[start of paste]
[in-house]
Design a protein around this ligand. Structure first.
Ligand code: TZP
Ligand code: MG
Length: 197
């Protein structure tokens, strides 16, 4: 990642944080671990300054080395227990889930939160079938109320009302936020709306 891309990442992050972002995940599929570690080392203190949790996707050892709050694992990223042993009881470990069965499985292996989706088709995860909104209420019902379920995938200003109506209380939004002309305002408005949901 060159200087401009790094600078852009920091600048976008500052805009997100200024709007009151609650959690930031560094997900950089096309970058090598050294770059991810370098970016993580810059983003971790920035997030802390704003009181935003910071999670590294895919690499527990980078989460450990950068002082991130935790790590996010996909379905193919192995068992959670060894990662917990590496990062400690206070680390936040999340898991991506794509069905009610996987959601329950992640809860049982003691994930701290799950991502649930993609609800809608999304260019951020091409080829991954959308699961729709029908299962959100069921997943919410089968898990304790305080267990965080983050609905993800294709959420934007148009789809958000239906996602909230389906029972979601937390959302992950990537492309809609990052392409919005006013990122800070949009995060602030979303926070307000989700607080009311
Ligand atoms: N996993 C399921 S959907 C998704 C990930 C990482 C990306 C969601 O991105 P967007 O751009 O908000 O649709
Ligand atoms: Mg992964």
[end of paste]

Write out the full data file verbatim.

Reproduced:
[in-house]
Design a protein around this ligand. Structure first.
Ligand code: TZP
Ligand code: MG
Length: 197
């Protein structure tokens, strides 16, 4: 990642944080671990300054080395227990889930939160079938109320009302936020709306 891309990442992050972002995940599929570690080392203190949790996707050892709050694992990223042993009881470990069965499985292996989706088709995860909104209420019902379920995938200003109506209380939004002309305002408005949901 060159200087401009790094600078852009920091600048976008500052805009997100200024709007009151609650959690930031560094997900950089096309970058090598050294770059991810370098970016993580810059983003971790920035997030802390704003009181935003910071999670590294895919690499527990980078989460450990950068002082991130935790790590996010996909379905193919192995068992959670060894990662917990590496990062400690206070680390936040999340898991991506794509069905009610996987959601329950992640809860049982003691994930701290799950991502649930993609609800809608999304260019951020091409080829991954959308699961729709029908299962959100069921997943919410089968898990304790305080267990965080983050609905993800294709959420934007148009789809958000239906996602909230389906029972979601937390959302992950990537492309809609990052392409919005006013990122800070949009995060602030979303926070307000989700607080009311
Ligand atoms: N996993 C399921 S959907 C998704 C990930 C990482 C990306 C969601 O991105 P967007 O751009 O908000 O649709
Ligand atoms: Mg992964």